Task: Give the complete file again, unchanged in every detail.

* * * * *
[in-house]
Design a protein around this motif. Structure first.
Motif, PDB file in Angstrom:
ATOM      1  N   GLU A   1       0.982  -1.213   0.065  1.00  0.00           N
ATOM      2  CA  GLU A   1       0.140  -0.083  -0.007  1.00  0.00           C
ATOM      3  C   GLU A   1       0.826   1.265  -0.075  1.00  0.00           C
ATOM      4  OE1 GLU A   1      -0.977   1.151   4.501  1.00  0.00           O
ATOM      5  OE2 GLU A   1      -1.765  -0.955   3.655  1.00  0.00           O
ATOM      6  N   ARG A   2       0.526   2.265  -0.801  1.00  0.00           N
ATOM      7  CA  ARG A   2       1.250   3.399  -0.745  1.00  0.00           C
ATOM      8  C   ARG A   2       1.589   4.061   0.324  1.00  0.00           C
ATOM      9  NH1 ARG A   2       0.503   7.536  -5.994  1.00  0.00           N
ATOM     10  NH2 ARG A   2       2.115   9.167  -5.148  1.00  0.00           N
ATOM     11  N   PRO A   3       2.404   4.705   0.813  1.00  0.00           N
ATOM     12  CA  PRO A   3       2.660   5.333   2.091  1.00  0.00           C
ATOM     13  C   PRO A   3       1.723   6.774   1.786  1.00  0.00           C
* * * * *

[in-house]
Design a protein around this motif. Structure first.
Motif, PDB file in Angstrom:
ATOM      1  N   GLU A   1       0.982  -1.213   0.065  1.00  0.00           N
ATOM      2  CA  GLU A   1       0.140  -0.083  -0.007  1.00  0.00           C
ATOM      3  C   GLU A   1       0.826   1.265  -0.075  1.00  0.00           C
ATOM      4  OE1 GLU A   1      -0.977   1.151   4.501  1.00  0.00           O
ATOM      5  OE2 GLU A   1      -1.765  -0.955   3.655  1.00  0.00           O
ATOM      6  N   ARG A   2       0.526   2.265  -0.801  1.00  0.00           N
ATOM      7  CA  ARG A   2       1.250   3.399  -0.745  1.00  0.00           C
ATOM      8  C   ARG A   2       1.589   4.061   0.324  1.00  0.00           C
ATOM      9  NH1 ARG A   2       0.503   7.536  -5.994  1.00  0.00           N
ATOM     10  NH2 ARG A   2       2.115   9.167  -5.148  1.00  0.00           N
ATOM     11  N   PRO A   3       2.404   4.705   0.813  1.00  0.00           N
ATOM     12  CA  PRO A   3       2.660   5.333   2.091  1.00  0.00           C
ATOM     13  C   PRO A   3       1.723   6.774   1.786  1.00  0.00           C